Summary Of Currency Markets For October 25th – October 29th 2010

Posted by Allison on 1 November 2010, 16:49

Last time we reported on something of a middling week for the British pound. We had some mediocre results and now we’re hoping that things will look better on the currency converter this time around. Let’s see just how good it looks shall we?

An overview of the currency markets for October 25th – October 29th 2010

1.5703 – that was the closing rate for the pound last Friday against the US dollar. But when the curtain went down on Monday night we’d crept up marginally to 1.5720. Luckily other increases were also on the way, with 1.5865 reached the very next day.

A slight dip midweek then led to better things to come, as the pound eventually finished on 1.5953. It couldn’t have been much better for the pound here.

Moving on to the Euro, the pound was last seen hanging onto a rate of 1.1270. Monday didn’t make things look too pleasant as the pound ended up on 1.1203 at the close of play. But as things turned out that was as bad as it would get. The pound steadily increased from here on in, and finished on Friday night with a fantastic 1.1512 to show for its hard work.

With that positive result in mind, the battle against the Hong Kong dollar ended dismally on 12.194 last time. But we had similar good news here, after a small rise to 12.199 on day one. Day two of the week had us in an even better position with 12.308 on the cards. By the time we’d done battle against the Hong Kong dollar for a whole week, we had managed to finish up on 12.372 for a total success against a third currency.

Where would this pleasant story end though? Would we manage to do just as well against the New Zealand dollar too? The starting rate was 2.1003 but an alarming dip to 2.0864 made us wonder whether our luck had run out on day one. We actually managed to bounce back to 2.1207 on Thursday before dropping the ball and finishing (albeit slightly better off still) on 2.1045 at the close of the week.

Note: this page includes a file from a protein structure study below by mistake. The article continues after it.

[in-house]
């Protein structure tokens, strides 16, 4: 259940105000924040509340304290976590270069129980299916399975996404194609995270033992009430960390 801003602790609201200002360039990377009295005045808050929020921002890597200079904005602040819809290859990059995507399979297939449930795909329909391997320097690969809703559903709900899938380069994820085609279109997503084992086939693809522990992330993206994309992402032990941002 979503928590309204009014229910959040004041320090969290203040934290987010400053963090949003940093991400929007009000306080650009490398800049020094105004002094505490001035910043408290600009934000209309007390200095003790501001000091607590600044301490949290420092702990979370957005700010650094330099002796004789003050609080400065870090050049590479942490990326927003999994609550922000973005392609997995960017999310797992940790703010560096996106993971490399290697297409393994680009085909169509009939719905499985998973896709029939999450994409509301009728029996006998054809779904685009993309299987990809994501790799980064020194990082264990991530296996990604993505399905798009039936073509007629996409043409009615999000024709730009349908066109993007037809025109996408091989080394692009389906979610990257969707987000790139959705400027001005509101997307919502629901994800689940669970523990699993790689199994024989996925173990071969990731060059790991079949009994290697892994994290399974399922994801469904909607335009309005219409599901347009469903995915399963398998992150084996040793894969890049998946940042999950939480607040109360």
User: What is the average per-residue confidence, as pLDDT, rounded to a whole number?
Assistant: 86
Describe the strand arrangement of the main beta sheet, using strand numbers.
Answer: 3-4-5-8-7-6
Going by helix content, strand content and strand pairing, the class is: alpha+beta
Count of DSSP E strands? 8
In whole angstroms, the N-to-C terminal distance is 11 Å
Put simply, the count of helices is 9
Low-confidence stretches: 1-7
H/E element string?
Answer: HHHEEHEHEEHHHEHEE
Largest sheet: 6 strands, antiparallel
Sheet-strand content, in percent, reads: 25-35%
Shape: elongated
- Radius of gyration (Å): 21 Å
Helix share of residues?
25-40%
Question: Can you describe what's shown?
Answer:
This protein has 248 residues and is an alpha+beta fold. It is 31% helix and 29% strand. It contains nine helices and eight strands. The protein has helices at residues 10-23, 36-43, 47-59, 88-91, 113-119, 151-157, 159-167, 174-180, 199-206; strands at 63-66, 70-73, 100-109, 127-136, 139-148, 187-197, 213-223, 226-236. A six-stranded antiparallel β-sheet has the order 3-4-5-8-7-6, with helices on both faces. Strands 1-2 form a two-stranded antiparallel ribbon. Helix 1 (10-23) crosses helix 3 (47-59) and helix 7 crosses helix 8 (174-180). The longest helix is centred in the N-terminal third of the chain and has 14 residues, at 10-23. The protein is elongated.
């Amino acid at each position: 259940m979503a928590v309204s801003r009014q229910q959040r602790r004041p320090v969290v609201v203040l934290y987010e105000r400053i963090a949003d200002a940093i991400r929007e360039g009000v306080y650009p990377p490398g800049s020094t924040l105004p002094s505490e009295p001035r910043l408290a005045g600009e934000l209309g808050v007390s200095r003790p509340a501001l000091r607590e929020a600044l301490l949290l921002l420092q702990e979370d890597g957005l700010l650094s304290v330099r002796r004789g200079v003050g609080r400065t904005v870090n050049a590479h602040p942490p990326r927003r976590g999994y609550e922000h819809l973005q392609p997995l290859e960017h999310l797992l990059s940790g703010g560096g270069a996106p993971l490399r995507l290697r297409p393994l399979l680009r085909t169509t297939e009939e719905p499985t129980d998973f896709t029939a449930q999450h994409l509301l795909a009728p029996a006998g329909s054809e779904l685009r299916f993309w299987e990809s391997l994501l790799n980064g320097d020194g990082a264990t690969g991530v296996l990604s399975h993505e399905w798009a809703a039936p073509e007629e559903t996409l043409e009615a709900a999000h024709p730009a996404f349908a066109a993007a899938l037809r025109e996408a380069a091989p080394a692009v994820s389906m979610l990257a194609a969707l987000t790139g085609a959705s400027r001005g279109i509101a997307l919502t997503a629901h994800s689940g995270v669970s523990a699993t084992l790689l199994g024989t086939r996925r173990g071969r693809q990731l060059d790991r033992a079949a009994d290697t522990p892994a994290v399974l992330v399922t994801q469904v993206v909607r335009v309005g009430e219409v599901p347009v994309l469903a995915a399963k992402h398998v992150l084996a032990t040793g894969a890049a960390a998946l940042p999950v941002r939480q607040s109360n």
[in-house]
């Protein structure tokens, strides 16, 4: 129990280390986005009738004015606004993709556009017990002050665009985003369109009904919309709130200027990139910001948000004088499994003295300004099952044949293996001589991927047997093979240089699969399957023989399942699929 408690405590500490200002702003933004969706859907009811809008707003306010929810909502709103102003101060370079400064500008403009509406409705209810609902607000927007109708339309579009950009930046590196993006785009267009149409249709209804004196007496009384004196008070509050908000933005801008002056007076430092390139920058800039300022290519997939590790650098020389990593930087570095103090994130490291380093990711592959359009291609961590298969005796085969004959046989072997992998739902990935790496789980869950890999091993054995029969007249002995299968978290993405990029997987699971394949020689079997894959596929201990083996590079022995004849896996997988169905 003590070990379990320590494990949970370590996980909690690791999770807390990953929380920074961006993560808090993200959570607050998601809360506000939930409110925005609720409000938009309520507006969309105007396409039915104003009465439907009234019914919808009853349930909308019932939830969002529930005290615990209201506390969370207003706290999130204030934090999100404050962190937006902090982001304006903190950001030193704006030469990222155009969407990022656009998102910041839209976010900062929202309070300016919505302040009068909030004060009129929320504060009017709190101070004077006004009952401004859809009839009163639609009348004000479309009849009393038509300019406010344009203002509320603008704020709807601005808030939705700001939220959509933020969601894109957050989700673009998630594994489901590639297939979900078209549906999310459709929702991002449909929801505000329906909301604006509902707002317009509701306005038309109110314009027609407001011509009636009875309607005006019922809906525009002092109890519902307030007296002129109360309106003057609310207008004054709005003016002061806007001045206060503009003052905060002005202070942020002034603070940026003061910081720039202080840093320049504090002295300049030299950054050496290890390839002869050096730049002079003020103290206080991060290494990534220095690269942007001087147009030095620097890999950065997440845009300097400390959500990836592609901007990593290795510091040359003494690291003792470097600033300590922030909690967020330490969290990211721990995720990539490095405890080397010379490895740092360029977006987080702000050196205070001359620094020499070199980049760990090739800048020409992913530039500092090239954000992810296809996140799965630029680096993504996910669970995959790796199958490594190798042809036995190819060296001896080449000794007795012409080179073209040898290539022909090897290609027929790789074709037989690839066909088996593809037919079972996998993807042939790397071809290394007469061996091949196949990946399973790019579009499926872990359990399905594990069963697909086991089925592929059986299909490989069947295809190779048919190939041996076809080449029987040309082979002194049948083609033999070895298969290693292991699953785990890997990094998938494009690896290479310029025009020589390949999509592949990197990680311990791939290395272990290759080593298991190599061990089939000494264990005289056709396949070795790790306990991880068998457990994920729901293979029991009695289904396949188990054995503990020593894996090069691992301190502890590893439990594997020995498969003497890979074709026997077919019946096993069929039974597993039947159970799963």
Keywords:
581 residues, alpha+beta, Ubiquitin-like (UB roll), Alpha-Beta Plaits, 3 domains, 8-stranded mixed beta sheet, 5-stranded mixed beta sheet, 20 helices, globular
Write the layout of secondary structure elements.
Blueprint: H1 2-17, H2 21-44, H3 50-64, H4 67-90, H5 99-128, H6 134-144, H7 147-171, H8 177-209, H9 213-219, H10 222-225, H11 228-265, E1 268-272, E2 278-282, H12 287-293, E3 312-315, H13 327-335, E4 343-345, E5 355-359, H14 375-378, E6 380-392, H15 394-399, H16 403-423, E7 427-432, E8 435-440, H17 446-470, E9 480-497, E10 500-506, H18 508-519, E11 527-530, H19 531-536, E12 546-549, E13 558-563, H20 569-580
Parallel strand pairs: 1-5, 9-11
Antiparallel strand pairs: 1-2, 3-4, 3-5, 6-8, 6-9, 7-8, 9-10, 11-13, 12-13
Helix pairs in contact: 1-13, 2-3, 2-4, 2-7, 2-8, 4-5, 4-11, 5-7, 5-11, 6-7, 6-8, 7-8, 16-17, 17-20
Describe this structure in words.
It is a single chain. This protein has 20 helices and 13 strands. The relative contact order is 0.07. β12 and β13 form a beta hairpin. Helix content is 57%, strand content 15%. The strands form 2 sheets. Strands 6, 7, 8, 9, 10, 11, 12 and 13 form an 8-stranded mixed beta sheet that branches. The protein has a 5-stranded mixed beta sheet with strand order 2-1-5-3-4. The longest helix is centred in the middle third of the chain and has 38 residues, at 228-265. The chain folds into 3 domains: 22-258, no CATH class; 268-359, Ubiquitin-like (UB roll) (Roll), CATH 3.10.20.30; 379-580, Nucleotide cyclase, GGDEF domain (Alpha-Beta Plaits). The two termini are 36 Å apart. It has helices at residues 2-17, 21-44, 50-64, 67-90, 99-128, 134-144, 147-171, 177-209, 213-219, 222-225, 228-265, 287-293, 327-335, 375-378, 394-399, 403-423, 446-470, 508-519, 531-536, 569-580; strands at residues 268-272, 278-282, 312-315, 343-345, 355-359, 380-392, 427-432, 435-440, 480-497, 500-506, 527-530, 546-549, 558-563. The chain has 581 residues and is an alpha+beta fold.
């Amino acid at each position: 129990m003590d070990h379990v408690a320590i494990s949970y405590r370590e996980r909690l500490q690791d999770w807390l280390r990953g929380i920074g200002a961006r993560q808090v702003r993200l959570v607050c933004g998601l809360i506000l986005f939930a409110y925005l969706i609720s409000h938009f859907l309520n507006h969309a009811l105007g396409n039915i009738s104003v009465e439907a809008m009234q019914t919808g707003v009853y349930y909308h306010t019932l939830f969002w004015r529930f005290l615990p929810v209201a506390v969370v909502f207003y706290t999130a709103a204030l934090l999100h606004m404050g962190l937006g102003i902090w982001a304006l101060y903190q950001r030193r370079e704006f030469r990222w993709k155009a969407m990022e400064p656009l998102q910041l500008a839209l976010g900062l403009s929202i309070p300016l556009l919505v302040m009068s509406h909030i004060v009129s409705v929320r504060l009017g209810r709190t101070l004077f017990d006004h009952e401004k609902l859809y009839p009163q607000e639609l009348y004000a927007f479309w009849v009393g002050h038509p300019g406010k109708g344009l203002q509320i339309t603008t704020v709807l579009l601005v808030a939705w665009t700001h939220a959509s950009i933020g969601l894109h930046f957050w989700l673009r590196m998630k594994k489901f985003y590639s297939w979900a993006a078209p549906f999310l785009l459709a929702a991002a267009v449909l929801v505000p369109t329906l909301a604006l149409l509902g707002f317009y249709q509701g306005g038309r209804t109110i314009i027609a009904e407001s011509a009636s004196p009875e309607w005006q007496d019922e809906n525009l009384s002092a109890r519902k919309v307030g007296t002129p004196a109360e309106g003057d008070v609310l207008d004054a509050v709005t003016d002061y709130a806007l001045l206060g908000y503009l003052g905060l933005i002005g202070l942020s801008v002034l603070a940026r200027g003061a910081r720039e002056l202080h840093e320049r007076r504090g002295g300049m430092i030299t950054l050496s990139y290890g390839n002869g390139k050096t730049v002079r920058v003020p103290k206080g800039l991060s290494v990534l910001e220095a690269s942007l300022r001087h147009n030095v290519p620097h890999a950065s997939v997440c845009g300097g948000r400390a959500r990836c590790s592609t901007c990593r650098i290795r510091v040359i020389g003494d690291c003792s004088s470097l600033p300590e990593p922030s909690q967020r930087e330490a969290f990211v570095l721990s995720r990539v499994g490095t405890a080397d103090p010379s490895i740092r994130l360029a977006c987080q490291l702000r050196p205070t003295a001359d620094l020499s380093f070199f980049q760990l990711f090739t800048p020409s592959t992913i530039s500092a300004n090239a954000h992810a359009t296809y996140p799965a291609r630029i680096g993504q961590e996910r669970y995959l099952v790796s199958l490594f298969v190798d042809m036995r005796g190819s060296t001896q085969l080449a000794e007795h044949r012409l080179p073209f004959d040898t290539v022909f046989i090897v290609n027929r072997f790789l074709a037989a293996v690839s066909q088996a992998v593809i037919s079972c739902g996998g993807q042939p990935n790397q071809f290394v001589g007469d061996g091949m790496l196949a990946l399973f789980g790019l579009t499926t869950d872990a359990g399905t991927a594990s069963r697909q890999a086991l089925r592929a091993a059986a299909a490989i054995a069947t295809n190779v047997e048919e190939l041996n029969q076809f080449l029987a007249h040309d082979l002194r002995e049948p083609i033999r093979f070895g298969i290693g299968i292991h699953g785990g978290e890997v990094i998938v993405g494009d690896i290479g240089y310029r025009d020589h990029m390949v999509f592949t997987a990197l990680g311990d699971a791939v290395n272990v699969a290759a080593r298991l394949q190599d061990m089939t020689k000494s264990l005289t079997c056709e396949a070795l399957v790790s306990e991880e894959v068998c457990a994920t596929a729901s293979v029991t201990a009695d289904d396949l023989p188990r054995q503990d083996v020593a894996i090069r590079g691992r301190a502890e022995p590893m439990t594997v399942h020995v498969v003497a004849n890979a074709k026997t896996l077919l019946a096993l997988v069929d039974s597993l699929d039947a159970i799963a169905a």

Finally we should catch up with the Aussie dollar, to see how the pound did here. We were starting from 1.6001 so hopefully we would improve on that to some extent. A similar initial drop to the one we’d seen against the Kiwi dollar was experienced initially though, sending us down to 1.5805. But luckily we experienced a good bounce back – even better than the one we’d seen against the Kiwi dollar. This meant we finished the week in style on 1.6366.

So all in all it wasn’t a bad time at all.

Notable events in the world of currency

The US enjoys a marginal win against the Euro

It was good news here for the dollar as it climbed from 0.7176 to 0.7216 by the time the week was out.

A steady climb for the Canadian dollar too

It was a similar story for the Canadian dollar as it saw a steady rise from 0.6993 to 0.7067 against the European single currency before the week was out.

But the Swiss franc dips against the single currency

It wasn’t such good news for the Swiss franc though, as it ended up falling from 0.7389 to 0.7295 against the Euro.

The strong yen is causing some concern on the markets at the moment, as this report from the website illustrates. Make sure you sign in for free to read it. It gives an overview of many different events that could or may affect currency trading – and therefore the exchange rates – in the days and weeks to come. As a way of monitoring movements at the end of October as we prepare to go into a fresh month, it makes interesting if slightly alarming reading.

We’ll be back next week with more news.



  1. I have been watching the situation regarding the yen with much interest of late. Not only does it cause concerns for other countries, it makes a lot of Forex investors sit up and take notice too. I for one will be watching it closely to see what happens and what develops in the coming days and weeks. It could influence what I decide to do in terms of buying and selling particular forms of currency.

    — CShort · Nov 30, 11:27 am · #

  2. I never go in for buying or selling currency of any kind. I have heard that the vast percentage of people lose money doing it. Unless you are an expert of some kind I don’t think there is any real money in ‘money’. Sounds ironic I know, but there it is. That’s my opinion anyway. I think the odds are you will lose out if you try and make money in Forex trading.

    — CDixon · Dec 20, 09:22 am · #